As an adult, there are plenty of things going on in your life and it’s natural that you don’t always have time for your parents. Don’t judge yourself because of it — it’s healthy to have time for yourself. Just make sure to politely communicate when you’re free for their calls or visits.

  • Get professional help

Finally, if you find it hard to communicate effectively or establish boundaries with your parents, consider seeking support from a professional. Therapists will provide strategies to ensure your relationship with your parents is both healthy and respectful.

How counseling can help you deal with controlling parents

Sometimes it’s hard to explain why you need independence and how your parents’ controlling behaviors affect you without offending them. After all, since you’re an adult, your elderly parents might be at a stage in their lives where they don’t fully realize the impact of their actions. As they grow older, it becomes increasingly challenging for them to look at things from your perspective and change their long-established habits of care and concern.

In that case, getting professional help from counselors can be the best possible solution to explore the underlying reasons behind their control, find ways to communicate effectively with them, and work towards healthier relationships.

Empirical research supports the effectiveness of family therapy in improving relationships between family members (e.g., Crane & Morgan, 2007; Stolper et al., 2022). The reason for such effectiveness can be explained by therapists’ focus on helping their clients articulate feelings and needs in a safe environment.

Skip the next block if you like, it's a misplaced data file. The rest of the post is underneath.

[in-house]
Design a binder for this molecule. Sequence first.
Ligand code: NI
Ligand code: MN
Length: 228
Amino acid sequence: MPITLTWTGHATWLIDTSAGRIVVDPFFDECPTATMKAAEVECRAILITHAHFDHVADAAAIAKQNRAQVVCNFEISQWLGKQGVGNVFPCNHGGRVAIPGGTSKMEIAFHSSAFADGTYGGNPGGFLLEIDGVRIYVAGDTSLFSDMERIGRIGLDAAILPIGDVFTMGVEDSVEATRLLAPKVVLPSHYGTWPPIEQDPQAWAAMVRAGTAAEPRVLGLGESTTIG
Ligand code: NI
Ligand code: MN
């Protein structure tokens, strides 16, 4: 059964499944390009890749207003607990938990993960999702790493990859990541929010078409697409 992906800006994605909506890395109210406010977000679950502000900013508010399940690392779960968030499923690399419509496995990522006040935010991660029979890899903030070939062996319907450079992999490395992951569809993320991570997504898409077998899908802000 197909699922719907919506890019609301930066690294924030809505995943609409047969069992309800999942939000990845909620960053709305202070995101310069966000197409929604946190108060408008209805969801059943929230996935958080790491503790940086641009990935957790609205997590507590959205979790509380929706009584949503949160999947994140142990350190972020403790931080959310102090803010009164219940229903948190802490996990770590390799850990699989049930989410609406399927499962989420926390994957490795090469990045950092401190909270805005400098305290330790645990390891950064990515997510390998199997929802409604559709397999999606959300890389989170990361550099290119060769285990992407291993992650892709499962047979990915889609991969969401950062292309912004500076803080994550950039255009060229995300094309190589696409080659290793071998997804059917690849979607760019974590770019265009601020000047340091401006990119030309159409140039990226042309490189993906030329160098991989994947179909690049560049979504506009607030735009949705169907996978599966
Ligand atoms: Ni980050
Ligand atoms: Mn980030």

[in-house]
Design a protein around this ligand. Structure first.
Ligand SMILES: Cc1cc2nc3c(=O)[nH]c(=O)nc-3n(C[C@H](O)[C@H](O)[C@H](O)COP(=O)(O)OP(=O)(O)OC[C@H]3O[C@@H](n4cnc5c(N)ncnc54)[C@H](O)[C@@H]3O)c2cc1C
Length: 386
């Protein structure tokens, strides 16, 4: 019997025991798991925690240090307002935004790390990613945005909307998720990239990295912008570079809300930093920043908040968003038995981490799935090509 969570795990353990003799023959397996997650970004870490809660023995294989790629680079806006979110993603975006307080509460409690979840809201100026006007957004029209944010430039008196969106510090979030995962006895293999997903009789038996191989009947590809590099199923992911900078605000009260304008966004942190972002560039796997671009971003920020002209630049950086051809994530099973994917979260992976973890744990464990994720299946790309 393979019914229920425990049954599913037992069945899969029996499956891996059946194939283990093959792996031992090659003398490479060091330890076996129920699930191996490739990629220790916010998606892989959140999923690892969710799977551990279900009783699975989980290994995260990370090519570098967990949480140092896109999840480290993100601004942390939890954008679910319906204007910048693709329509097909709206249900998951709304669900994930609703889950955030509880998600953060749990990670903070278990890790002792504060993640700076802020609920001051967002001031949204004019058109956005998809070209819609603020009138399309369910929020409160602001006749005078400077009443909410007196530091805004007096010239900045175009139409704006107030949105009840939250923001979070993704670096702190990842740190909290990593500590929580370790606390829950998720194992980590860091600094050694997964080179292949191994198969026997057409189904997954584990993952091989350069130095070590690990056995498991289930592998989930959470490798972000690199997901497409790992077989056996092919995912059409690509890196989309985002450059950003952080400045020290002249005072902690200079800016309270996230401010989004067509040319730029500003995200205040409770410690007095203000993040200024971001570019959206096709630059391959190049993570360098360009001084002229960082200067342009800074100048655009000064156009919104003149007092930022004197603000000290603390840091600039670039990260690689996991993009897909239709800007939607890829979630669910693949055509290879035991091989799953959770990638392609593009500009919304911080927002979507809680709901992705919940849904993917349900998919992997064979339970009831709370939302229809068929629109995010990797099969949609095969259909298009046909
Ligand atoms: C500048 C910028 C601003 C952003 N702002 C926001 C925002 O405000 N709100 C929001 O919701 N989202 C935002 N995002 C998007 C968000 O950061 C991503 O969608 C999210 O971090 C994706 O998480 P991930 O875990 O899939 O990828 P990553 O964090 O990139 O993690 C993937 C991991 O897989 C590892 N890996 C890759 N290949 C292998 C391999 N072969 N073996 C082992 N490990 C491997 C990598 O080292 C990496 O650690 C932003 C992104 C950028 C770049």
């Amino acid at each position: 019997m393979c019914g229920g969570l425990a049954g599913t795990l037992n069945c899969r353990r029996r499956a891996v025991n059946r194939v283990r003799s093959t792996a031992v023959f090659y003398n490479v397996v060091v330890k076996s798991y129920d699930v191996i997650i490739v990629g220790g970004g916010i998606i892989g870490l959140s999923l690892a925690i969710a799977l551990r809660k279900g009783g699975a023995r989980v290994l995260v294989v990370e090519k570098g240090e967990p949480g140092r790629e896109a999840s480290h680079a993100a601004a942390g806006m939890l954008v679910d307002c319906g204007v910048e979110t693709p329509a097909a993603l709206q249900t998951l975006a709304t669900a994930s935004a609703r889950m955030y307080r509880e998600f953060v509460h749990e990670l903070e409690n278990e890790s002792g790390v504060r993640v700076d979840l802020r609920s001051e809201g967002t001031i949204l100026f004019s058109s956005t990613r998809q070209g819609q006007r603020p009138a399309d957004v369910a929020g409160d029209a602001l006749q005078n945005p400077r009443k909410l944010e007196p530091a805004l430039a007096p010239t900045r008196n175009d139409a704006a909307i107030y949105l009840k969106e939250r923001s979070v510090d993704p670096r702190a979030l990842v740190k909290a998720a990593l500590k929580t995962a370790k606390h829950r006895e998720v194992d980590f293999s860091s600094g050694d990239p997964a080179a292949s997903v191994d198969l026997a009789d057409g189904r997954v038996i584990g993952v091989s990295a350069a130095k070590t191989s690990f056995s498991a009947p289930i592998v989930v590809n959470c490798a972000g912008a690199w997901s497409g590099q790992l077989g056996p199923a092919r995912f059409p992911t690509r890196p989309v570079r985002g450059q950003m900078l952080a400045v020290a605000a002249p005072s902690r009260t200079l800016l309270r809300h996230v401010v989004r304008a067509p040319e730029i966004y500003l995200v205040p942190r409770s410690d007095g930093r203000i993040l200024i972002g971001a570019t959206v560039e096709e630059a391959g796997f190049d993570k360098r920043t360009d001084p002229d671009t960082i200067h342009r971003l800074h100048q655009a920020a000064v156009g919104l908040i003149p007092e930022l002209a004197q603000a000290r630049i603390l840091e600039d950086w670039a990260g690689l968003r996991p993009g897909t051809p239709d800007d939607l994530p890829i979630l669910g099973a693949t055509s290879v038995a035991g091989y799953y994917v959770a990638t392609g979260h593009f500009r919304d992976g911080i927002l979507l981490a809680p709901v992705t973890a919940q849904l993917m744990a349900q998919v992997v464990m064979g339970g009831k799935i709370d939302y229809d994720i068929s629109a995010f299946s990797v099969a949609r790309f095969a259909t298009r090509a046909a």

During counseling sessions, you’ll learn practical techniques for setting firm yet respectful boundaries. This, in turn, can help you lower stress levels and increase psychological resilience while dealing with familial pressures.

Here are some of the potential ways counseling can help you deal with controlling parents as an adult:

  • Counselors create a safe space for you to express your feelings and concerns about your parents’ behavior.
  • Therapists can help uncover the root causes of your parents’ controlling actions.
  • You’ll develop better communication strategies to articulate your need for independence and set boundaries in a respectful way.
  • Therapy sessions often explore ways to strengthen your self-esteem and assertiveness.
  • Counselors will help you understand how to respond to controlling behaviors calmly and constructively.

Get professional help in Michigan

If you’re looking for help from professional counselors to deal with controlling parents, Health for Life Counseling in Grand Rapids is here for you. Our team of licensed therapists can help you understand the dynamics of family relationships and provide the support and strategies you need to have healthier interactions.

Get in touch with us at Grand Rapids, MI, and Ada, MI, or schedule counseling sessions online. To ensure that you can access professional counseling services with ease, we accept a wide range of health insurance options, including Optum, Blue Cross Blue Shield, Cigna, Cash Rate, and more. Here’s the full list of insurance options available to us.

Learn more about the Trauma-Informed Counseling Center of Grand Rapids

Learn more about Counseling and Therapy services at Health for Life Counseling Grand Rapids